Sunday, March 29, 2009

Crafting Attempts, Part One

I love being crafty. I love repurposing things, making things, out of any material at all.

Unfortunately, I hate buying supplies. Even, um, necessary supplies. Like, say, molds, for candles. So, I go around doing everything I can think of to avoid getting these essentials. Usually, I try and fail--or try, and achieve utter mediocrity--with whatever I have lying around or can dig out of the trash or recycle bin.

("I can't help it," said the snake, "it is my nature.")

Anyway. Occasionally I do get pretty good results, or at least results I can work with, or learn from.

As mentioned above, candles. (Hopefully.)

I save all wax, because in addition to wanting to be crafty and not buy anything new, I also hate to throw anything away. I LOVE candles, burn a TON of candles, and occasionally feel guilty--as a replacement for fossil-fuel-fueled electricity, they're not so hot. Disproportionate carbon emissions, etc, but they're also frequently made of paraffin--which is (tada!) a petroleum product.

Plus, they're often dyed. And scented. Preeeetty. Smell goooood.

In short, there's no way I'm throwing this shit away.

So, I stock up big bags full of wax--pillars that have burned their wicks down. Chunks that have dripped free of votives. Occasionally even the little ring of wax left inside the edges of tealights. And then, when I get tapers from Trader Joe's, which come in pairs connected by a long piece of wick, I save the wick I cut from the middle.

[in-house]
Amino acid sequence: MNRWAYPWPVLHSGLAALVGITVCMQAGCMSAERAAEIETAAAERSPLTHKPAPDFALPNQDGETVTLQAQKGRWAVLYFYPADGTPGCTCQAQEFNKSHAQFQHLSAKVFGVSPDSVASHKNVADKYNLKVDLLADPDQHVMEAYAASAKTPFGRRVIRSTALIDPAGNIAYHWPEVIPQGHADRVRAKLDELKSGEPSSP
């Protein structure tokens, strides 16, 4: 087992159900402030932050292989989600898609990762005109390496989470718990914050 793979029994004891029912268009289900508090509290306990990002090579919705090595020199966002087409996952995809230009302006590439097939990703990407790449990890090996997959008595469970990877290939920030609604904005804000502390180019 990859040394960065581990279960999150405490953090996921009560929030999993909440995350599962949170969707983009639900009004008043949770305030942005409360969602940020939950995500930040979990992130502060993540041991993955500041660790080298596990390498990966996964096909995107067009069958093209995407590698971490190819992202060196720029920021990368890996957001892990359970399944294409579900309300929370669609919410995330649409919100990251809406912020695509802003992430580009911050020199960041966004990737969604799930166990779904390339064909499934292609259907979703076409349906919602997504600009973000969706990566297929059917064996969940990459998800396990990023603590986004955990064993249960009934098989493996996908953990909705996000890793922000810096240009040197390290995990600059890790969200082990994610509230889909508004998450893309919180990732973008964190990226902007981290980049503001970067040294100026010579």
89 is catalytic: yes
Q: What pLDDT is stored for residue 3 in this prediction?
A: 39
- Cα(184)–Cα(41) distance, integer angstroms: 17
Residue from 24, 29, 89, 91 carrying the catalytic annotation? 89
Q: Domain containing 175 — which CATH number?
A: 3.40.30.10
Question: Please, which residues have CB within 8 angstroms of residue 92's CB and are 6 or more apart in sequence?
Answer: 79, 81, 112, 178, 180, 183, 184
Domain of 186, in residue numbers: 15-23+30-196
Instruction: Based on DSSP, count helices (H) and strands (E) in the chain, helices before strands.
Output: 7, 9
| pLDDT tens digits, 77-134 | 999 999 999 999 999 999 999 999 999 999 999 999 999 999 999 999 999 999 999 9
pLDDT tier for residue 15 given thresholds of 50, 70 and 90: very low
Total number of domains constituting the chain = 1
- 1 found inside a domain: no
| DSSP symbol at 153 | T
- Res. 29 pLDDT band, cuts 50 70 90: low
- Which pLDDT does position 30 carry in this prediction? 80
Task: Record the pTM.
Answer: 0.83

I did a little internet research, and hmm'd and hah'd. "Hah," I thought, "I will melt all of these reddish ones together. Alas, I have no mold, and no wick long enough for making dip tapers--I will stick a wick inside of a glass tealight holder, and then pour the wax in around it, and it will make a kind of jar candle. Genius!"

This did not work. The wick floated up immediately. The wax sank hard in the middle. And if I could get the wick to stay down a little, when I lit them, they became gooey pools, and they swallowed their own wicks, and then I couldn't even light them again to get their wicks to float back up for me to light. Or else, they melted all the way down, and the wick floated up from the bottom again, before (yes) getting sealed in the wax and beyond fishing back up.

So I tried attaching the wicks to the little metal things that come in tealights (which I also could fish out of the trash can). I did a little more minimal research, and tried to find ways to keep the tip of the wick up. Then I melted all the bluish wax I had, and tried again.

The little metal things float, too, when a bucket of wax hits them. And they still sink into the still-present pit while burning.

Sadness and woe!

About this point in any project (i.e., utter failure), I take one of two routes: admit defeat, and put it away, or return to research. Or I combine the two: put it away for many months and sulk, before being prompted back into wanting to do it again (once the sting of shame has worn off), and then start researching properly. (This was the candle route; last night we did the Earth Hour thing, and had a candlelit cocktail hour or three, and I started Hmming and Hahing about candle efficiency, again.)